Shepard v. United States Case Brief

Why is the case important?

The defendant was convicted of poisoning his wife, allegedly because he was in love with another woman and wanted to marry her. At trial, the prosecution attempted to admit evidence of a conversation that the dying woman had with her nurse, in which she had implicated the defendant.

Facts of the case

“Reginald Shepard pled guilty to violating the federal statute prohibiting a felon from possessing a gun. The government argued Shepard’s sentence should be enhanced under the Armed Career Criminal Act (ACCA). The act added at least a 15-year sentence for any felon with three or more “”violent felony”” convictions who then possessed a gun. The government argued at least five of the 11 breaking and entering convictions on Shepard’s record were violent felonies. The ACCA listed “”burglary”” as a violent felony and in Taylor v. U.S.(1990) the U.S. Supreme Court said the act meant “”generic burglary”” of a “”building or other structure.”” However the Massachusetts burglary law Shepard pled guilty to breaking gave burglary a nongeneric definition – including entry into non-structures like cars. Shepard argued he had not pled guilty to generic robbery. The federal district court refused to sentence Shepard under the ACCA. The First Circuit Court of Appeals reversed and said the district court must consider evidence that showed it was obvious to Shepard that he pled guilty to generic robbery. The district court refused. The First Circuit reversed and sentenced Shepard under the ACCA.”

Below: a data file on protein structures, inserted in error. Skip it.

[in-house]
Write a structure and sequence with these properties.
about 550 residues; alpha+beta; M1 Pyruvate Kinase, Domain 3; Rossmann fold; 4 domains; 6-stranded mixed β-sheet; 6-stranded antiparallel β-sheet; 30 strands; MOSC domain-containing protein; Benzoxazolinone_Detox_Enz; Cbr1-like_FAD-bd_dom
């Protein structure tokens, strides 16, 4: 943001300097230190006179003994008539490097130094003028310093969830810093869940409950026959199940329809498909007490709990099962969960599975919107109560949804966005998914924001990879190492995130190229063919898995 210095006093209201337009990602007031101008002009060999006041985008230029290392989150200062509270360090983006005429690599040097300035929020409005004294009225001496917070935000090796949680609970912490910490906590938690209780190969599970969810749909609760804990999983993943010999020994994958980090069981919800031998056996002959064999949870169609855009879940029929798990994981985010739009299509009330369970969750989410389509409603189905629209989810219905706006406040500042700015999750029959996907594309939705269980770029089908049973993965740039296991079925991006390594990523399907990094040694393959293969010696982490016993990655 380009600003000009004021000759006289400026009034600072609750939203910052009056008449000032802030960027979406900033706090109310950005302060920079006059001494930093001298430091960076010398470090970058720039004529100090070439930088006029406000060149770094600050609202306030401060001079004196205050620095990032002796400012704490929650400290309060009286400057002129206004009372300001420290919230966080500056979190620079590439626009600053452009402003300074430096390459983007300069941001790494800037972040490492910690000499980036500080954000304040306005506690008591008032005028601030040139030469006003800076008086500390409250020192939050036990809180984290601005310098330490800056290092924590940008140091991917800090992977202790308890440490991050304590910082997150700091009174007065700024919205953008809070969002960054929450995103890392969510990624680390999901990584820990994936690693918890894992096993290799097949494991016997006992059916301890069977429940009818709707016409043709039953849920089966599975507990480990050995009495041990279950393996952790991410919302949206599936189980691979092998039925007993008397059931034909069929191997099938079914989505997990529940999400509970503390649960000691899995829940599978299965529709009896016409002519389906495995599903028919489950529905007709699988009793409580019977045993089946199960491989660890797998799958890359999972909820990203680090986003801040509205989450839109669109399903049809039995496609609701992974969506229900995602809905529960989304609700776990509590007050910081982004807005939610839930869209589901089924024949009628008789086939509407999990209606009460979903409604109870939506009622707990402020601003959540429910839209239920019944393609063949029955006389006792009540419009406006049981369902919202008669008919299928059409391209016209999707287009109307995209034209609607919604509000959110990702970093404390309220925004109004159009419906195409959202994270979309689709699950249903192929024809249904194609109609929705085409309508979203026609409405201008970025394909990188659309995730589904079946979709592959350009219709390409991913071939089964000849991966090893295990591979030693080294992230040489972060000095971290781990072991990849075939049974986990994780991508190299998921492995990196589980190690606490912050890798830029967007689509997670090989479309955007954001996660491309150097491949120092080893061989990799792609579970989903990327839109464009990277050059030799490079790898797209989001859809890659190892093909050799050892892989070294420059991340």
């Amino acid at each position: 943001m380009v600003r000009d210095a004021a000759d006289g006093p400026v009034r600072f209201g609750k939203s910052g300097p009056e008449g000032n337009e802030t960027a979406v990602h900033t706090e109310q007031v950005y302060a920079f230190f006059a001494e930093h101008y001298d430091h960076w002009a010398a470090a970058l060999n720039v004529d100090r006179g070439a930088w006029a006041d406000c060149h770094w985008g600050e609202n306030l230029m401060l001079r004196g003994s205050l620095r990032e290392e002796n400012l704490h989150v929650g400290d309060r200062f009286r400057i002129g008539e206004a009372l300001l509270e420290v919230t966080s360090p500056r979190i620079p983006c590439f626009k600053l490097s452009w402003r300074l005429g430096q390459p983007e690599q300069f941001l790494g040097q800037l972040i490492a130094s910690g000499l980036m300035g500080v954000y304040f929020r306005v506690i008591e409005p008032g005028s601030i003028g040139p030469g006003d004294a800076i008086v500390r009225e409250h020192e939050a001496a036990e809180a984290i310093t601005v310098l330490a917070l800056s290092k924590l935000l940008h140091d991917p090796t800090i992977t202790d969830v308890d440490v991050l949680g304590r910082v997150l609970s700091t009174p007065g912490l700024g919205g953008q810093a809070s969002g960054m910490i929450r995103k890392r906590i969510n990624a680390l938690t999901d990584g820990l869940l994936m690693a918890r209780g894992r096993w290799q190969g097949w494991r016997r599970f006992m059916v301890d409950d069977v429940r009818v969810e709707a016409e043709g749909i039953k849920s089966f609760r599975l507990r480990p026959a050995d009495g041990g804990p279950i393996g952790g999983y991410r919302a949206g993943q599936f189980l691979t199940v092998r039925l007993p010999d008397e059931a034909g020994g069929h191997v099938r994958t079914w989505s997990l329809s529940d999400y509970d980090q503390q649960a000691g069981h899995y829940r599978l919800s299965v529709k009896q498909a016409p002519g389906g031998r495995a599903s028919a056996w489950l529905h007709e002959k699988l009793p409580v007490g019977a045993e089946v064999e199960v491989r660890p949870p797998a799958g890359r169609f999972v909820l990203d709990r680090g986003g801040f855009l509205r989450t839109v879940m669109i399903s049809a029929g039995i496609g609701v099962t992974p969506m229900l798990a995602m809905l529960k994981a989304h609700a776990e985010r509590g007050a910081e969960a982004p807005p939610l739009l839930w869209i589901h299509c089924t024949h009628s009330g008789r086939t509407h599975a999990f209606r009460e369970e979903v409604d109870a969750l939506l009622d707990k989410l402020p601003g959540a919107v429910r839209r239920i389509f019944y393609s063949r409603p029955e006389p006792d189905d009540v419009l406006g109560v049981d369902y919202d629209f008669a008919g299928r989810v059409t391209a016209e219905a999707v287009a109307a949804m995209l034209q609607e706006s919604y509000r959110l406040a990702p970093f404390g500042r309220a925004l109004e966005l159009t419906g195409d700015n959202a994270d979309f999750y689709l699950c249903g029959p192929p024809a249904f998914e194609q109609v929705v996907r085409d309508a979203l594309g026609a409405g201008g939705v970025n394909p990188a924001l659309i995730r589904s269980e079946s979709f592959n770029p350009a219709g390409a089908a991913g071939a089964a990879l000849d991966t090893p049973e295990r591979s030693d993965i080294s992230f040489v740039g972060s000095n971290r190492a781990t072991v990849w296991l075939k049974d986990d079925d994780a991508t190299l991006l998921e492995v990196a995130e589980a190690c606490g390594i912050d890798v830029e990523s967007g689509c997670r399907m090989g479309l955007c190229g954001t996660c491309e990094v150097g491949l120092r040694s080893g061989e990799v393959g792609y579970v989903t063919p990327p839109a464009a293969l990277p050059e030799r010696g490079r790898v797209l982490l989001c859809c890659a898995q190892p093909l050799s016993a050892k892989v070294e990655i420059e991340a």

Question

Whether the statements of the dying woman were admissible under the dying declaration exception to the hearsay rule?
Whether the statements that the dying woman made to her nurse were admissible to show her state of mind, thus qualifying as an exception to the hearsay rule?

Answer

No. There was no evidence that the statements were made under the shadow of impending death, or that the patient had lost all hope of recovery. Indeed, in statements that she made later to her doctor, she implored him to make her well.
No. These statements looked backward in time and thus did not fall under the Hillmon doctrine, allowing admission of statements that would show the state of mind or intention of an unavailable declarant.

Conclusion

The testimony was neither offered nor received for the strained and narrow purpose now suggested as legitimate. It was offered and received as proof of a dying declaration. A trial may become unfair if testimony offered and erroneously accepted for one purpose, is used in an appellate court as though admitted for a different purpose, unavowed and unsuspected.

  • Case Brief: 2005
  • Petitioner: Reginald Shepard
  • Respondent: United States
  • Decided by: Rehnquist Court

Citation: 544 US 13 (2005)
Granted Jun 21, 2004
Argued: Nov 8, 2004
Decided: Mar 7, 2005